The first part is made from barley that is malted in the Pacific Northwest, and unmalted barley grown in the Willamette valley of Oregon. This barley is ground, mashed, fermented and distilled on location at the distillery in Sheridan, Oregon. The second part is made by using a base of Kentucky corn whitedog, which we obsessively re-distill in an alembic pot still. Extremely selective cuts are made at the condenser, and only the “heart of the hearts” is kept for aging and bottling. The remainder is discarded.
Aging takes place in a variety of barrels, including used French coopered pinot noir barrels, new American coopered whiskey barrels, and used American whiskey barrels. The whippersnapper is aged for between six months and two years, with an average time of about one year. For each bottling, eight barrels are specifically selected to make the best possible blend. Whippersnapper is then hand bottled, hand labeled, and hand waxed. Meticulous attention is paid to achieving perfection both in the bottle and out.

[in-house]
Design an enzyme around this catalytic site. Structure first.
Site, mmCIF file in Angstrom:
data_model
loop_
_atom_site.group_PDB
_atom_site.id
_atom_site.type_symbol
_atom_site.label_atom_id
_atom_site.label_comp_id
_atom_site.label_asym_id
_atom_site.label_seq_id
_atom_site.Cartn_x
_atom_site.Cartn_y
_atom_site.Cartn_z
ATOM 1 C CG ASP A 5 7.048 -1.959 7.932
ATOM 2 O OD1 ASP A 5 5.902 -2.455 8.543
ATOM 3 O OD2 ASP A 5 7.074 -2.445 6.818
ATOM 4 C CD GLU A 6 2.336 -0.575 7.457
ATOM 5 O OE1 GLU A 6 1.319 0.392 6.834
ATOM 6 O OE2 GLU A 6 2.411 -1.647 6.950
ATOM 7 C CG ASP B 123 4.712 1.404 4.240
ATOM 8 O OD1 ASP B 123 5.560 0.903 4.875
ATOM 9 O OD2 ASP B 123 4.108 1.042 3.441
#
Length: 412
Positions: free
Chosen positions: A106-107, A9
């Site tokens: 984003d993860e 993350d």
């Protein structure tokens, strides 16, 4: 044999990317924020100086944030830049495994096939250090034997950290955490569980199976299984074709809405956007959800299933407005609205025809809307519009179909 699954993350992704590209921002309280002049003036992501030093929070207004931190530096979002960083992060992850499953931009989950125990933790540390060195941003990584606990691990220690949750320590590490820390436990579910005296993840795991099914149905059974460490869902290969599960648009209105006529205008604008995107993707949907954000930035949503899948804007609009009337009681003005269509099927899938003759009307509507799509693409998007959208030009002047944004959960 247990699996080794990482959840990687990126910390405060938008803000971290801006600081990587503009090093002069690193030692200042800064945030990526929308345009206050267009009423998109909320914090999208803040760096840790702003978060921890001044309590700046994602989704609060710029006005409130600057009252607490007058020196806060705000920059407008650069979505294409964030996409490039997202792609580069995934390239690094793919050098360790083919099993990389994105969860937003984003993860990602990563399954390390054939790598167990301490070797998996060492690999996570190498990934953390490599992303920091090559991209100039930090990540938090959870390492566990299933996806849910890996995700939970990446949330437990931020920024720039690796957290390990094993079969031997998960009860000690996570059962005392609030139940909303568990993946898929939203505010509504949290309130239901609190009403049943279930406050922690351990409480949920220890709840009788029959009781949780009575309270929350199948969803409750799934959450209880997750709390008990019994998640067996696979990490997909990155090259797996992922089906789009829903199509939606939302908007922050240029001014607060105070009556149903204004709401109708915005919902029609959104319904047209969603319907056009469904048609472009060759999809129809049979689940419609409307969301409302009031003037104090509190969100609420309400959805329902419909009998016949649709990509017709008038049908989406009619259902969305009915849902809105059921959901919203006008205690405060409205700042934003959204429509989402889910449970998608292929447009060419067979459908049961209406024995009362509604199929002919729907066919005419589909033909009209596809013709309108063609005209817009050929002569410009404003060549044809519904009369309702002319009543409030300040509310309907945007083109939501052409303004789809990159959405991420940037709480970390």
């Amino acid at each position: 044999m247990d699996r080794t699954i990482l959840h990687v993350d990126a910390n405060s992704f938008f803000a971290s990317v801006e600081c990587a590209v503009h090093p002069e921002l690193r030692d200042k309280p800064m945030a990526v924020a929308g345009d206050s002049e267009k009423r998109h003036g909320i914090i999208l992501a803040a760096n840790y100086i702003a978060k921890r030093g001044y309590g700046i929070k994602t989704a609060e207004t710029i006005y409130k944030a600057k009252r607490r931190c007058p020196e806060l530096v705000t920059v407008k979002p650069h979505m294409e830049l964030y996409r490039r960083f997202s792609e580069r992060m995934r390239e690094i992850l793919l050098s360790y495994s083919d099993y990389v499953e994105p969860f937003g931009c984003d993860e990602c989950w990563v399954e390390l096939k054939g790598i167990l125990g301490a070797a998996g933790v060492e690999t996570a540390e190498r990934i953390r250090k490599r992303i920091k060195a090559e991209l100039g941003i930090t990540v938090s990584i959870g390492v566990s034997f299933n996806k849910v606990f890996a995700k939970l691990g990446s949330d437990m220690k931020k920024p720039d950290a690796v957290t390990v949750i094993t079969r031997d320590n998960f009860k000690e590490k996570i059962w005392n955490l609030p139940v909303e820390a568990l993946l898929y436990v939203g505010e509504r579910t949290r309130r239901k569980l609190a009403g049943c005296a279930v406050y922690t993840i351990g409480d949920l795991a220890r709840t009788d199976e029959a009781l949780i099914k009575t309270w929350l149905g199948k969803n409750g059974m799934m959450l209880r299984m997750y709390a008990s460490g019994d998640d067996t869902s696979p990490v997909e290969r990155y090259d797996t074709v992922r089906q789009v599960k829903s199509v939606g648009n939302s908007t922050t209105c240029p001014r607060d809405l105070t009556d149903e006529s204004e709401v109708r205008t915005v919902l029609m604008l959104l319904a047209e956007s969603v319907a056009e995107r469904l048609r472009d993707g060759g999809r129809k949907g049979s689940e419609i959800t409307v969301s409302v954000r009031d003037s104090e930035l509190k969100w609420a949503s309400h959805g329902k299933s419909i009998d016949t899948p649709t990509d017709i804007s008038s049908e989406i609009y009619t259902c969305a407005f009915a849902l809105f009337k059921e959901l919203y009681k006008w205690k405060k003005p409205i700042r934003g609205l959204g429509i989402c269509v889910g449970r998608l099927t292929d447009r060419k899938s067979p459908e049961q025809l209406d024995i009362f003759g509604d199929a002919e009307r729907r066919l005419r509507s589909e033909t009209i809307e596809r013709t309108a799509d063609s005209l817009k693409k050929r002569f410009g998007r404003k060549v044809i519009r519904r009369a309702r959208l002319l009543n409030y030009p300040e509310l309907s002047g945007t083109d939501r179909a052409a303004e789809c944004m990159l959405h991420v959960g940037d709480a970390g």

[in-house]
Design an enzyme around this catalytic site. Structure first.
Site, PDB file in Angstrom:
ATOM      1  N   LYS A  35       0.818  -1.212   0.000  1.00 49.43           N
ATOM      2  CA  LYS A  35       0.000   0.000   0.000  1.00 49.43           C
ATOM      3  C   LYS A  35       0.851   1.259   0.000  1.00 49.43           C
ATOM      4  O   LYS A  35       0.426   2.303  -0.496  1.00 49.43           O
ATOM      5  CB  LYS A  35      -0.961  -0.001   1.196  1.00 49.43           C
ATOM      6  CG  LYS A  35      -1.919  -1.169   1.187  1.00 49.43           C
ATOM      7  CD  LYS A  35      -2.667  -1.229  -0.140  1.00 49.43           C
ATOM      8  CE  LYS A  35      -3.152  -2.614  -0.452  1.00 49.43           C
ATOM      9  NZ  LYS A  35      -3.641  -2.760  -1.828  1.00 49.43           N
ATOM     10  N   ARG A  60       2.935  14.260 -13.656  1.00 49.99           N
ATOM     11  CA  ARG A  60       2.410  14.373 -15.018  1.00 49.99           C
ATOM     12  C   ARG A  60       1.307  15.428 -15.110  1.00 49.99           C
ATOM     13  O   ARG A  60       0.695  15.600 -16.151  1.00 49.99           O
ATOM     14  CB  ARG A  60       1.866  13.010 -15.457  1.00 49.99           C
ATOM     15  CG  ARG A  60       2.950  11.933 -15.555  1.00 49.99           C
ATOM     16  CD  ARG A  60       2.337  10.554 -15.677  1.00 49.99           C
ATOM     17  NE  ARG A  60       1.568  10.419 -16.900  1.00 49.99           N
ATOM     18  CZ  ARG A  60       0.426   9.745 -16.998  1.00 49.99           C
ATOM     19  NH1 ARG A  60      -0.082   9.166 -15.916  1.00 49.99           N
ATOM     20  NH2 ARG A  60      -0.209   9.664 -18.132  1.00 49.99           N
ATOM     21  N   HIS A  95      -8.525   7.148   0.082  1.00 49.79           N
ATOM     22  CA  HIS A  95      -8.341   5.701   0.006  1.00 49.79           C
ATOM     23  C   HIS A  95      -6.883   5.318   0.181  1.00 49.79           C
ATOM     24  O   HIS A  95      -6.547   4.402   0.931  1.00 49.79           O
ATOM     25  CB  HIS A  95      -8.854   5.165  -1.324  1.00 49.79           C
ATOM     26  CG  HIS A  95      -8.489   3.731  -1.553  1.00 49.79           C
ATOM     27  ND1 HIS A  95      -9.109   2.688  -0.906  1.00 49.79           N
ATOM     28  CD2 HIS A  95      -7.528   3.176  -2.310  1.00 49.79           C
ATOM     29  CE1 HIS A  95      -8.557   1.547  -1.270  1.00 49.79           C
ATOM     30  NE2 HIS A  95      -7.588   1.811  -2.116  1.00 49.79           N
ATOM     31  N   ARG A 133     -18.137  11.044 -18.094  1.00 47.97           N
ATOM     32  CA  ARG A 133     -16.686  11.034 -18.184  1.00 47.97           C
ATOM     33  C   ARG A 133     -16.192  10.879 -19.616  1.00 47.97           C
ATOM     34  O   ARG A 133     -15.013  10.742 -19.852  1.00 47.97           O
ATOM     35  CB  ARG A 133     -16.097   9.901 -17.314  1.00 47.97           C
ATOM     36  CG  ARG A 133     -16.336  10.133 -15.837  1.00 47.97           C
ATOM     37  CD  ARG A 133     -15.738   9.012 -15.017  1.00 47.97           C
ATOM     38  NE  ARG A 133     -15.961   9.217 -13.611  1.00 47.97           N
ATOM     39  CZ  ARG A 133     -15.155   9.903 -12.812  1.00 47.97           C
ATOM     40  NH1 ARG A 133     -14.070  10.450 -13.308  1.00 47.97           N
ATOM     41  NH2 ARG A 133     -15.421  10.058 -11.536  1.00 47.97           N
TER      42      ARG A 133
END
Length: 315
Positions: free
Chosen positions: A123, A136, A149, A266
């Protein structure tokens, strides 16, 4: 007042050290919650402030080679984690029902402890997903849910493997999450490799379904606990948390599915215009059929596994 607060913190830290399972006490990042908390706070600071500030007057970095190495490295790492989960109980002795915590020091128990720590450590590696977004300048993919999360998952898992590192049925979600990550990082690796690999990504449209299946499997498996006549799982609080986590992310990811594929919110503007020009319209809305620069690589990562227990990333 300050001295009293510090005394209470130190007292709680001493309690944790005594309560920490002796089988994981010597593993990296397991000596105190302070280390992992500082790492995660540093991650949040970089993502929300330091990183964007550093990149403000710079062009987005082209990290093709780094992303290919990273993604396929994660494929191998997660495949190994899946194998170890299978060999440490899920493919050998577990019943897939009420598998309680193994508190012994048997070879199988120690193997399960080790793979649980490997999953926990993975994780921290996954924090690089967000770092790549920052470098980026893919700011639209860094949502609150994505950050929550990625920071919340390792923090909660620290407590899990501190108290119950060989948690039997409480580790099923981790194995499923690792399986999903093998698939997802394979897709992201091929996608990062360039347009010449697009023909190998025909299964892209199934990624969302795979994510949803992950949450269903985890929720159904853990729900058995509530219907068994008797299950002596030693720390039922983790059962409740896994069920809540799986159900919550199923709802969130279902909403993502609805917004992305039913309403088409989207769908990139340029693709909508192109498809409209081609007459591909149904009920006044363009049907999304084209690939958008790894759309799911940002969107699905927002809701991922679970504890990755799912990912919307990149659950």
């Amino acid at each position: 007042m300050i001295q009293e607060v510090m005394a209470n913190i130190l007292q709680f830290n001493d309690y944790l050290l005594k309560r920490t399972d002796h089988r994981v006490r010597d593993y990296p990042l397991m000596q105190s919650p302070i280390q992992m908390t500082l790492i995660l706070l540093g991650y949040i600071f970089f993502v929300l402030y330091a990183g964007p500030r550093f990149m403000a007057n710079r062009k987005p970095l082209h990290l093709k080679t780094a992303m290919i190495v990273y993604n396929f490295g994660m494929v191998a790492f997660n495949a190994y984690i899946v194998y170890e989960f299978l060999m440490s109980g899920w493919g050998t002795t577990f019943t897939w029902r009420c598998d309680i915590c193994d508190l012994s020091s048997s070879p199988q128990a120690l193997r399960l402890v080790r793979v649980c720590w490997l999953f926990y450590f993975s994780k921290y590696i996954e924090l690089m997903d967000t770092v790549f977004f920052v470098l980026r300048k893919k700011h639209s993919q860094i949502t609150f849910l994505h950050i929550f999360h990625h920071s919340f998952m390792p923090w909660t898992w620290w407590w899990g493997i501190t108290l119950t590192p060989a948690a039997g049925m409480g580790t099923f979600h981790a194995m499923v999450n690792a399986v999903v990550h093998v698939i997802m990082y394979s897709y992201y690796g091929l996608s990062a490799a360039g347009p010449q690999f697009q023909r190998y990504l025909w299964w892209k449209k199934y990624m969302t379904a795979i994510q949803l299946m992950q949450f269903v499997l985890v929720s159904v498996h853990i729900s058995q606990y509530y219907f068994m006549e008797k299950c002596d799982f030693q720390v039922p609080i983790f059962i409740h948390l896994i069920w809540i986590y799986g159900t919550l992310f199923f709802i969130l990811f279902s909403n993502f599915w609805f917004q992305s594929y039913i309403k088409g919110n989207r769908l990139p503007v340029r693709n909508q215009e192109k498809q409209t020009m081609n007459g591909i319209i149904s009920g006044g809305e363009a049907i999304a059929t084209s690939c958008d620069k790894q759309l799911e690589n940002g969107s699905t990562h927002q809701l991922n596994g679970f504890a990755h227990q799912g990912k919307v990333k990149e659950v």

That’s a fancy way of talking about a very young whiskey, and youth is the first thing that comes to mind when tasting this spirit. It is heavy on the nose with barley character, and the overall impression is one of a very young Scotch vs. newmake Bourbon. Grainy, grassy, with touches of slate.
On the palate, not much to write home about. Very grain-forward, with a big malty character. Not bad, honestly, but the youth here pushes nuance out of the picture. The finish hints at butterscotch and creme brulee, but this is frustrating, a tantalizing look at what this whiskey might become with a few more years of age on it, instead of brooding and sulking like a teenager that’s still trying to figure out what he wants to do with his life.